In both cases, this is often due to elevated levels of serum neurotensin and corticotropin-releasing hormone. These are secreted when the individual feels stressed.
One of the typical signs of autism in humans is problems with communication. Dogs with canine dysfunctional behavior might also have problems expressing their feelings. They might not, for example, wag their tail when they’re happy or put their ears back if you’re reprimanding them.
As with human autism, they may not make eye contact with you or other dogs. They also will sometimes enter what observers describe as a trance-like state.
Both humans and dogs will also exhibit inappropriate reactions to stimuli. For dog behavior, this means yelping when they are gently touched or expressing fear or aggression when you pat their heard.
Finally, your dog might avoid new environments and situations. If something new is introduced into their environment, they might immediately retreat to what they consider a safe space, such as under the bed.
Additionally, while it’s critical for your dog to get regular exercise, if he has dog autism, he may not be interested, even if he is a high-energy dog breed.
How Is Dog Autism Treated?
Autism in dogs is complicated as it is with humans, and there isn’t a single treatment. Your veterinarian will want to rule out any medical conditions that could be causing the behavioral symptoms. Once they have determined if your dog has canine dysfunctional behavior, there are a number of therapies they might recommend.
There are medications, such as Prozac, that can provide some relief for compulsive behaviors. These medications can also help with aggressive behaviors. It’s also important to make sure your dog has a safe space where he feels comfortable and calm.
As a good dog owner, you’ll also want to avoid situations that will induce anxiety, such as dog parks or busy streets. You don’t want to force your dog into situations that will trigger his stress.
It’s also important for your dog to get regular exercise to help reduce stress. It can be helpful to work with a dog trainer or veterinary behaviorist to use positive reinforcement to reduce and manage your dog’s canine dysfunctional behavior.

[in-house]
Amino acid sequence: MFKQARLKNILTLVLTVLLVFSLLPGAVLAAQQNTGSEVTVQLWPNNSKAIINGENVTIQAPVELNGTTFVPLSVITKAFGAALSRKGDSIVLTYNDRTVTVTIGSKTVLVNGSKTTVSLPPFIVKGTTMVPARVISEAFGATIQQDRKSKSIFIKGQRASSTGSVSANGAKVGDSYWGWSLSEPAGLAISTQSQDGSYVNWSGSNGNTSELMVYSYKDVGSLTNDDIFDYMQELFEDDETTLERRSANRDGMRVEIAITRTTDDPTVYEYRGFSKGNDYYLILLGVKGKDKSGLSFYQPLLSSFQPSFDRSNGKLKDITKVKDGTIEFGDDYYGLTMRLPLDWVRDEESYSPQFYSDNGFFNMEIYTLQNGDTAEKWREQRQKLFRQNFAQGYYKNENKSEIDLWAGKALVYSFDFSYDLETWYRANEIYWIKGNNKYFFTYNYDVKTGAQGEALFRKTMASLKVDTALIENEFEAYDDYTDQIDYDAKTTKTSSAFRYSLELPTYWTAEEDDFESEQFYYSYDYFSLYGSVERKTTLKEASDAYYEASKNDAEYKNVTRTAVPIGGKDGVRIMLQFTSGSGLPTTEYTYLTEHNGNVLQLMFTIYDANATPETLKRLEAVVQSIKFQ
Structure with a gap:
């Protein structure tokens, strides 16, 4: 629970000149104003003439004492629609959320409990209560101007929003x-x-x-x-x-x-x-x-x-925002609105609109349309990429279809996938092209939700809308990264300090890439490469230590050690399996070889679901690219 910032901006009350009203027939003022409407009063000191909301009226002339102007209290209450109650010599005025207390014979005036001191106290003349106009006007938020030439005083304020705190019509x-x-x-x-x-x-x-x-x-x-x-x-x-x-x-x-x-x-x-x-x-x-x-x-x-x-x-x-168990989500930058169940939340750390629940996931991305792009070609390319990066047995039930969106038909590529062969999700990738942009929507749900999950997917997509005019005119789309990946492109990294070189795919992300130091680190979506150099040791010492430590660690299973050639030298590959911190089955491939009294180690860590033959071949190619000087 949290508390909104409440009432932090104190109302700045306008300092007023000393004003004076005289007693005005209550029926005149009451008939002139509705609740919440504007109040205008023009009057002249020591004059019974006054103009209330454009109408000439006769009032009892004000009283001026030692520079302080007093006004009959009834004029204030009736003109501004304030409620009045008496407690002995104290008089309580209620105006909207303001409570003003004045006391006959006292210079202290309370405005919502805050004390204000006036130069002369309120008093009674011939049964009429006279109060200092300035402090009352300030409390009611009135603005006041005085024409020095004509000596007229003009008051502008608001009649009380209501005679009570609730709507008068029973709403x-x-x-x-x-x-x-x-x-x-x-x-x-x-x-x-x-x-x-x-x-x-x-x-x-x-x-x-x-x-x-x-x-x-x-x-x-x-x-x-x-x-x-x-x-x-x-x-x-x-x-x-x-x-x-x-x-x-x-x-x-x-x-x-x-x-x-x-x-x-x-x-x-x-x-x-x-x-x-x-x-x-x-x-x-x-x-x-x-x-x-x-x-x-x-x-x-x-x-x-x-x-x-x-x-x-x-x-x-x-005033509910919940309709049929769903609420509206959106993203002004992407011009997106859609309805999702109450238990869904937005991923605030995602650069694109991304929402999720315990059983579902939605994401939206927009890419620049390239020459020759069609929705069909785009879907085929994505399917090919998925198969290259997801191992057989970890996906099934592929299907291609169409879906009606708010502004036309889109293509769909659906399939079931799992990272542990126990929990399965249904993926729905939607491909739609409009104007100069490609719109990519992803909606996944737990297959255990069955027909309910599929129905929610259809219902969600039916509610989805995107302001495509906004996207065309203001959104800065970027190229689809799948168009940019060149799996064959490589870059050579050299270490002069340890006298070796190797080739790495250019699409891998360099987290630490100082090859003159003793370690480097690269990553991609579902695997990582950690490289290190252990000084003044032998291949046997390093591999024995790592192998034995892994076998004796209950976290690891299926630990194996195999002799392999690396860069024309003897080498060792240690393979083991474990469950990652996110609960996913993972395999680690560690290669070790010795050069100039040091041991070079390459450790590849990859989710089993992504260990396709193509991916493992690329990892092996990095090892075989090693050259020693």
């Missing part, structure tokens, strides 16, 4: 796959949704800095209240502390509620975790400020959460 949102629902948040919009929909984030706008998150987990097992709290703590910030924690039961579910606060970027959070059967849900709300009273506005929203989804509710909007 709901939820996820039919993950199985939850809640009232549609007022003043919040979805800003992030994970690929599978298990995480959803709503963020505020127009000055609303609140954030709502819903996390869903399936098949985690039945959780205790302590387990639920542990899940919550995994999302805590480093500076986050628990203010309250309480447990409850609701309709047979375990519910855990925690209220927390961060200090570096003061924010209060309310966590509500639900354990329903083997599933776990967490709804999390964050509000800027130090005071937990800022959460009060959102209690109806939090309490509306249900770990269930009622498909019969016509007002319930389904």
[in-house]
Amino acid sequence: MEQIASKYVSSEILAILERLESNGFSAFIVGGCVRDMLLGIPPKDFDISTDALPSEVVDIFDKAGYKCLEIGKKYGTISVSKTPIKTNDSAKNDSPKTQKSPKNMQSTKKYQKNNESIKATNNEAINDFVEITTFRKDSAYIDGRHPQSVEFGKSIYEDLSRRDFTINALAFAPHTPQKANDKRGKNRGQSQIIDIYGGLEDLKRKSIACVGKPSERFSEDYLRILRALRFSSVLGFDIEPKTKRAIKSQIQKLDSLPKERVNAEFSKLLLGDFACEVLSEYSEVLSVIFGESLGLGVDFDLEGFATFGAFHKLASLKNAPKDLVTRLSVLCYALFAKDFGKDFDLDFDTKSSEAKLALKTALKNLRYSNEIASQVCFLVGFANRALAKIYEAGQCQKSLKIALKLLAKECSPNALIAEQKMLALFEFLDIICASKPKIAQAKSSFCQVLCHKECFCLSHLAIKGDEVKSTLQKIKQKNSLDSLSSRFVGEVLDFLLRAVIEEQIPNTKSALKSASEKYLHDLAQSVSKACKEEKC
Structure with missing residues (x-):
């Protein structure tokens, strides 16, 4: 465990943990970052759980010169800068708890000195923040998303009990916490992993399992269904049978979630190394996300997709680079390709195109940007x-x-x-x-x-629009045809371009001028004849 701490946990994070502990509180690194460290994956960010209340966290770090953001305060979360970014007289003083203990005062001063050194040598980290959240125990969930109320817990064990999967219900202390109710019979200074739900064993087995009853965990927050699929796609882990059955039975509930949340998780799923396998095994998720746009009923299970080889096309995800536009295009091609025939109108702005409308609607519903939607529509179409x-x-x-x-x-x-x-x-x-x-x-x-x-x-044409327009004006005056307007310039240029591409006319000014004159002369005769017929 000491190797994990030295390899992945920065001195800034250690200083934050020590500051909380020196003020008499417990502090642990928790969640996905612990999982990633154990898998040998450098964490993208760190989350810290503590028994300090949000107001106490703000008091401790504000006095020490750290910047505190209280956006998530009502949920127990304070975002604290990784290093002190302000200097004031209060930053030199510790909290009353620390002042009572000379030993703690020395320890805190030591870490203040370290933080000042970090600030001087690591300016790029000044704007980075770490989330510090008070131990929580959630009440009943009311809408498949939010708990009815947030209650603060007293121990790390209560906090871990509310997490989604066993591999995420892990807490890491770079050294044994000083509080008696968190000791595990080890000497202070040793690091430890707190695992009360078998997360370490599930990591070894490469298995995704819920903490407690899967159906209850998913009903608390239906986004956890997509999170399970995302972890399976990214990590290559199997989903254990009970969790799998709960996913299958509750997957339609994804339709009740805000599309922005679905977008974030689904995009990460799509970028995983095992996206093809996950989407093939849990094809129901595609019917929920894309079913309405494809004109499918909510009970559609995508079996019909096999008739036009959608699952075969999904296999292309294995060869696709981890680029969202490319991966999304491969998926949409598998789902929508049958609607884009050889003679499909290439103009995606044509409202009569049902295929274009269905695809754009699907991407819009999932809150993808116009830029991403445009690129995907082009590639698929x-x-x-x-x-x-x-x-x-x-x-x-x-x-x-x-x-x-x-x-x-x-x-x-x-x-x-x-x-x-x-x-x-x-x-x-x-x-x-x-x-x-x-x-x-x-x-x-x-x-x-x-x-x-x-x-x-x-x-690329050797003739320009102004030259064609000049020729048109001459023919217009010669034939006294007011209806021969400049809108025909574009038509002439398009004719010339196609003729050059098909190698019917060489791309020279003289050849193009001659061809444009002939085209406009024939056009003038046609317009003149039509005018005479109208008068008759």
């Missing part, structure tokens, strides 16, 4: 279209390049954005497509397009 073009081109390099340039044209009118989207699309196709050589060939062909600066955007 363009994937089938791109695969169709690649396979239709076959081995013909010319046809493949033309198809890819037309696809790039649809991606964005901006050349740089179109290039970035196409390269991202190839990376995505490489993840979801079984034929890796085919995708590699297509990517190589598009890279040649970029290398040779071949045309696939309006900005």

Do Vaccinations Cause Autism in Dogs?
While there has been much in the news about vaccinations causing human autism, there is no evidence this is true. There is no evidence in either dogs or humans that vaccinations have anything to do with the development of autism or canine dysfunctional behavior.
Moreover, vaccinations are well-documented to prevent many common, otherwise deadly diseases. Diseases that pose far more of a threat to your dog than getting a vaccination does.
The research in the field of veterinary medicine all points to underlying genetic predispositions that may result in a congenital condition in the presence of certain high-stress environments.
In short, although researchers cannot identify a single cause of autism in humans or dogs, there is no evidence to suggest vaccinations cause the problem. The research that claimed to show a connection has been discredited on numerous occasions. The doctor who made those false claims has been struck from the medical register and found to have had a profit motive for claiming there was a link.
If you suspect your dog has canine dysfunctional behavior or dog autism, you should contact your veterinarian to get a physical examination. Your vet may refer you to a board-certified veterinary behaviorist who can help determine your dog’s triggers.
They will also help you find ways to reduce your dog’s stress and, therefore, his dysfunctional behavior. These can include pressure wraps, such as ThunderShirts, that help calm your dog by applying pressure to his chest, calming treats and pheromones, and backpacks you can use to carry your dog to avoid triggering stimuli when you’re walking outside.
They might also recommend you ask people not to ring your doorbell if that’s something that triggers your dog, and you’ll definitely want your dog to have a safe space. It sounds like a lot, but when you’re helping out your best friend, it’s not so much to ask.